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Social care benefits from £650m 'short-term fix'

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Philip Hammond has used his Budget to announce an additional £650m to tide social care over until the comprehensive spending review.

The money for 2019-20 – predicted by LGC last week – is augmented by a further £55m for the disabled facilities grant and £84m over five years to boost innovation in children’s services.

In addition, councils will receive a £420m fund to repair potholes and undertake other road repairs.

An extra £240m for social care this year was announced earlier this month. An extra £240m “will be reserved for adult social care” in 2019-20, the Budget red book said. There is some flexibility over the use of the remaining £410m, though. The Budget book said: “The Budget provides a further £410m in 2019-20 for adults and children’s social care. Where necessary, local councils should use this funding to ensure that adult social care pressures do not create additional demand on the NHS. Local councils can also use it to improve their social care offer for older people, people with disabilities and children.”

In his speech Mr Hammond said: “Local government has made a significant contribution to repairing the public finances and this Budget ensures local councils have more resources to deliver high quality public services.”

He said he that while the social care green paper would be published “shortly”… “I recognise the immediate pressures local authorities face in respect of social care.”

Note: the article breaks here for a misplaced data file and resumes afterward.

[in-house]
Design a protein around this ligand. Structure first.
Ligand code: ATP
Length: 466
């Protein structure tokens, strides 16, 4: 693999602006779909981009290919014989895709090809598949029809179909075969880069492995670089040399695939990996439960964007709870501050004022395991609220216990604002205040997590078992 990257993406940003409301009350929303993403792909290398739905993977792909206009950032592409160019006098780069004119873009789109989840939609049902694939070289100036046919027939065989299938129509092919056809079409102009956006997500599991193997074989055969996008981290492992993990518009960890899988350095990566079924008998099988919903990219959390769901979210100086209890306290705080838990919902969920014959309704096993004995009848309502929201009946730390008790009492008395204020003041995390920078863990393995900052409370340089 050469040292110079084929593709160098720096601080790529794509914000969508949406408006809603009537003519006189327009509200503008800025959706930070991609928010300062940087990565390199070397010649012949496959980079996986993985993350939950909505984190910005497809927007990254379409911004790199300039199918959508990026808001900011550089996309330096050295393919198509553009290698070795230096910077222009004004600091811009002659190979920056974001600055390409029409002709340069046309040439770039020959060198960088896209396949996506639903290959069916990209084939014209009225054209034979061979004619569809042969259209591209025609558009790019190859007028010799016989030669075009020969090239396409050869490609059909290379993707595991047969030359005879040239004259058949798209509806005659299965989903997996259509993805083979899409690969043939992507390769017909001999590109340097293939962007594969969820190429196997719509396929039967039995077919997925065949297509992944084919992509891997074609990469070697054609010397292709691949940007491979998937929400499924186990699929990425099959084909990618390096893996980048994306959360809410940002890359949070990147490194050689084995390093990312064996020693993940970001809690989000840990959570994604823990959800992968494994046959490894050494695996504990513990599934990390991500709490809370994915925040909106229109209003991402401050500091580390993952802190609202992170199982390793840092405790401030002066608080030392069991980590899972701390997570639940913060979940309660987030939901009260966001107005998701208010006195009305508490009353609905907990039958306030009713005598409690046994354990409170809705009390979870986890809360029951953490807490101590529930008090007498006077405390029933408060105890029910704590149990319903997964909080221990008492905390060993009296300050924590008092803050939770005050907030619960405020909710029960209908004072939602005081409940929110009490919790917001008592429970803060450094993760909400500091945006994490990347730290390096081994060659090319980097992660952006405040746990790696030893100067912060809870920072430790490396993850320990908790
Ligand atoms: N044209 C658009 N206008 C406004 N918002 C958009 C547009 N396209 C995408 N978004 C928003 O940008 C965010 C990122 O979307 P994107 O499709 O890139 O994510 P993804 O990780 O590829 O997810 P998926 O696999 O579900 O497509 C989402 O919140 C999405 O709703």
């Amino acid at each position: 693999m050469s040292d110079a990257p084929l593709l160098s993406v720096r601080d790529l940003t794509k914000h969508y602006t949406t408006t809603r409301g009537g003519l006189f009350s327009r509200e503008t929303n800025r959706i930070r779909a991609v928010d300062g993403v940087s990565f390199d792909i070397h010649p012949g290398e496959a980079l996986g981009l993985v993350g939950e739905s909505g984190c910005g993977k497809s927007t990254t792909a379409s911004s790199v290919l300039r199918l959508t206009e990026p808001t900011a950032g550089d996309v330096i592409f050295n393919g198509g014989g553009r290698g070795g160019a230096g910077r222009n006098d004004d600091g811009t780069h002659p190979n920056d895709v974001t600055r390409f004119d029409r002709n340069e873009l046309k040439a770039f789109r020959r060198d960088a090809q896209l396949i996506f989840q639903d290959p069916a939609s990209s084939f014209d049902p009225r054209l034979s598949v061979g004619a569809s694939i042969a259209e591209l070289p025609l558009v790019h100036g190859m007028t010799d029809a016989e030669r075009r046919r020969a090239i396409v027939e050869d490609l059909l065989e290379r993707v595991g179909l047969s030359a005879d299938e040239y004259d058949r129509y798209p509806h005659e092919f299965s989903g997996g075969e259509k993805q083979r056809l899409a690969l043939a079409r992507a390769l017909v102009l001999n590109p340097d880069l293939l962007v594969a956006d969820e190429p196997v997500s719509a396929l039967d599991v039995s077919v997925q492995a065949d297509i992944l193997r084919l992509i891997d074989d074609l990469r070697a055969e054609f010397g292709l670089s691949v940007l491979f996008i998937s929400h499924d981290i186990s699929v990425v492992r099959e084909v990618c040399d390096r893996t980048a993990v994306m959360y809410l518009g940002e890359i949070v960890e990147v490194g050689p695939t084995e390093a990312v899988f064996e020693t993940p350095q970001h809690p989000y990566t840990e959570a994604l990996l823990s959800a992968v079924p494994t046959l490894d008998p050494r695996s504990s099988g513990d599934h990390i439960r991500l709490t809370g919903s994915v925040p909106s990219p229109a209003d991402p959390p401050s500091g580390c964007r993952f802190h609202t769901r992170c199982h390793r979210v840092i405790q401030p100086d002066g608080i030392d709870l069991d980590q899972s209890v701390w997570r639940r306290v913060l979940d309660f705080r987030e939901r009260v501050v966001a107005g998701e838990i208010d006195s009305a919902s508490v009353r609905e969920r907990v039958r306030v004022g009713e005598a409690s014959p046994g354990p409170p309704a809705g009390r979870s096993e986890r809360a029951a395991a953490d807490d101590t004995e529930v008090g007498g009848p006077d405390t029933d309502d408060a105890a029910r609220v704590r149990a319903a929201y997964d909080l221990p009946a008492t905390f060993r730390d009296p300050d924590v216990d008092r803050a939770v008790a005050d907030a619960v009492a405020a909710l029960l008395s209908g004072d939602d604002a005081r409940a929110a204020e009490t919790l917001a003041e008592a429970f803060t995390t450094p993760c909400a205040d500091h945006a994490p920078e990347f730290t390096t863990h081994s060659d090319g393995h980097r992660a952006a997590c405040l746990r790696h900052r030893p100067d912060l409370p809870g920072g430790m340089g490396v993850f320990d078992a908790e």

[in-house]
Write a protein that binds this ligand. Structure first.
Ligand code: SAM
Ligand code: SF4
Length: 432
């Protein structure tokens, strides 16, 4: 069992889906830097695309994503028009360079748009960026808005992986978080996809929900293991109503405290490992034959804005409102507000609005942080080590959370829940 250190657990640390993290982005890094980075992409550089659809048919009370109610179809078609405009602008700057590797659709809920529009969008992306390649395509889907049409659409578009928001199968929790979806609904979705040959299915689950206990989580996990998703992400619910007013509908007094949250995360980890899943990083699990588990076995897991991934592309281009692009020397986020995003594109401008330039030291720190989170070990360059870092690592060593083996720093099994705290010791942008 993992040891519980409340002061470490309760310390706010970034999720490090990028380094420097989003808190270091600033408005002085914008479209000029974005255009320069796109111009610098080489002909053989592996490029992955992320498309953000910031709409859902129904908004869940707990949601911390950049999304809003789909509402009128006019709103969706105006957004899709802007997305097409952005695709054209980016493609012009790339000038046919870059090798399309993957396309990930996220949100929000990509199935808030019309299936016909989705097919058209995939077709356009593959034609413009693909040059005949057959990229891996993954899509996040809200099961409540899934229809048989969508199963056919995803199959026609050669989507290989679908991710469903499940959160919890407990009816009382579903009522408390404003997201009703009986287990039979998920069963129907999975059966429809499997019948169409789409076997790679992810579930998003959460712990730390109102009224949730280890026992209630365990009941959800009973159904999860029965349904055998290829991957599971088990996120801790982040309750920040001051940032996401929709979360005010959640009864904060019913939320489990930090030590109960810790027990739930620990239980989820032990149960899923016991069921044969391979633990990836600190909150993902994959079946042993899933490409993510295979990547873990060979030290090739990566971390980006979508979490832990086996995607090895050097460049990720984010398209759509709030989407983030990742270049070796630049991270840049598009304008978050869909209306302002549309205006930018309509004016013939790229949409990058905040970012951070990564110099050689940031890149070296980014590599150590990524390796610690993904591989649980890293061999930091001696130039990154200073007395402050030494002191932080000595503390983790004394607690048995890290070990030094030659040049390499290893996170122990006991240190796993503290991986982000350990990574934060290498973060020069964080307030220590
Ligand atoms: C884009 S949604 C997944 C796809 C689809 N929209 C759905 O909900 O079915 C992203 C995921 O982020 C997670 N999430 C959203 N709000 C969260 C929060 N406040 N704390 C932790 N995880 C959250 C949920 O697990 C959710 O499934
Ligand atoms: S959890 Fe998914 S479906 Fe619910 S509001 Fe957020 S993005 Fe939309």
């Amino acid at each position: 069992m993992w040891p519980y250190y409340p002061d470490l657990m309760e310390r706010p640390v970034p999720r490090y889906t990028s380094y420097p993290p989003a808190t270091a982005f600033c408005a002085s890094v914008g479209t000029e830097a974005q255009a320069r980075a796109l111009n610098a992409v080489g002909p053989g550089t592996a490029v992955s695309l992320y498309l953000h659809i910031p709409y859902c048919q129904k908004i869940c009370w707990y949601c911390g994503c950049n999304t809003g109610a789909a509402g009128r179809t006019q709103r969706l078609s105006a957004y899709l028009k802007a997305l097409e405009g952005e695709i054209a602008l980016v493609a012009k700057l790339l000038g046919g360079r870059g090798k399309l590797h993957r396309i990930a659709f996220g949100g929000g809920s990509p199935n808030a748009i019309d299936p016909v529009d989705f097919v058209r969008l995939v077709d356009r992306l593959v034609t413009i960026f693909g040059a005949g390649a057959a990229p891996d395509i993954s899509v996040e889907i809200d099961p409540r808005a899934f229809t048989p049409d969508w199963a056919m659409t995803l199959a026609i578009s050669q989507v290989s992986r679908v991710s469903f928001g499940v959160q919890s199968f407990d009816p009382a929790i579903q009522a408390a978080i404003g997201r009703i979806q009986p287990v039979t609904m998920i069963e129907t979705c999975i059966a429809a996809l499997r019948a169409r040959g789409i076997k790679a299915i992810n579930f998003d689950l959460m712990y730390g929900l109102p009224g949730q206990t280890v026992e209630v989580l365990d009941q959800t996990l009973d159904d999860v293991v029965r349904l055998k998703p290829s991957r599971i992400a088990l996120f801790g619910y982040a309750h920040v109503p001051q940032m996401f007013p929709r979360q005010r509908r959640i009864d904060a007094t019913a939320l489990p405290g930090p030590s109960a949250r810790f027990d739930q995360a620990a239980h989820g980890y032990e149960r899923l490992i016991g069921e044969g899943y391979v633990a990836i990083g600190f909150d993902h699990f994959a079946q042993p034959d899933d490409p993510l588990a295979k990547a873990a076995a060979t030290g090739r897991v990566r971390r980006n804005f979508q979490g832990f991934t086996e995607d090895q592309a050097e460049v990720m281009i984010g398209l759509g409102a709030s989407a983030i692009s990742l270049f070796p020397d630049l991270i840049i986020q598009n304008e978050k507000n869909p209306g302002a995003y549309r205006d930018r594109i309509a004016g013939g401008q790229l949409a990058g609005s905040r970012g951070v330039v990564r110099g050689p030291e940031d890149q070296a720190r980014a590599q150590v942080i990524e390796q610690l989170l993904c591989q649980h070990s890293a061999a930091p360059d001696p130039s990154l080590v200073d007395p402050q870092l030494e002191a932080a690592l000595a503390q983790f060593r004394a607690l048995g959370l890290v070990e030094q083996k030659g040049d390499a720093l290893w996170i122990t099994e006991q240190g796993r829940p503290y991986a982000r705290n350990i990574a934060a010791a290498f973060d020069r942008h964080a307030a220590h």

The Treasury’s red book states of the social care funding: “Where necessary, local councils should use this funding to ensure that adult social care pressures do not create additional demand on the NHS. Local councils can also use it to improve their social care offer for older people, people with disabilities and children.”

Senior King’s Fund fellow Richard Humphries tweeted that the extra care money was insufficient to fill a funding gap estimated as amounting to at least £1.5bn next year.

Nuffield Trust Chief Economist John Appleby said: “While more money going into social care will be welcome, it is another short term fix to a system nobody seriously disputes is fundamentally broken.”

County Councils Network chairman Paul Carter (Con) said: “The funding announced will help protect social care services, help meet the rising demand for care, and support fixing potholes.”

The Budget red book said the children’s services innovation fund is intended to “help more children to stay at home safely with their families” and builds upon programmes previously undertaken in Hertfordshire, Leeds and North Yorkshire.

Regarding rhe social care funding announcement, District Councils’ Network chair John Fuller (Con) said: “The recognition of districts’ role in helping the vulnerable stay independent at home for longer is particularly welcome with an additional £55m funding for disabled facilities grants to reduce the demand for adult social care. Districts are best placed to spend this in 2018-19 and we await confirmation that it will be paid directly to them.”

Mr Hammond also confirmed the lifting of the cap on housing revenue account borrowing would proceed as planned, and without any strings attached.

With regards to infrastructure spend, Mr Hammond pledged an additional £770m to extend the transforming cities fund and £675m for high streets. There is also £200m to pilot full fibre internet in rural locations and £150m for small road improvements.

 

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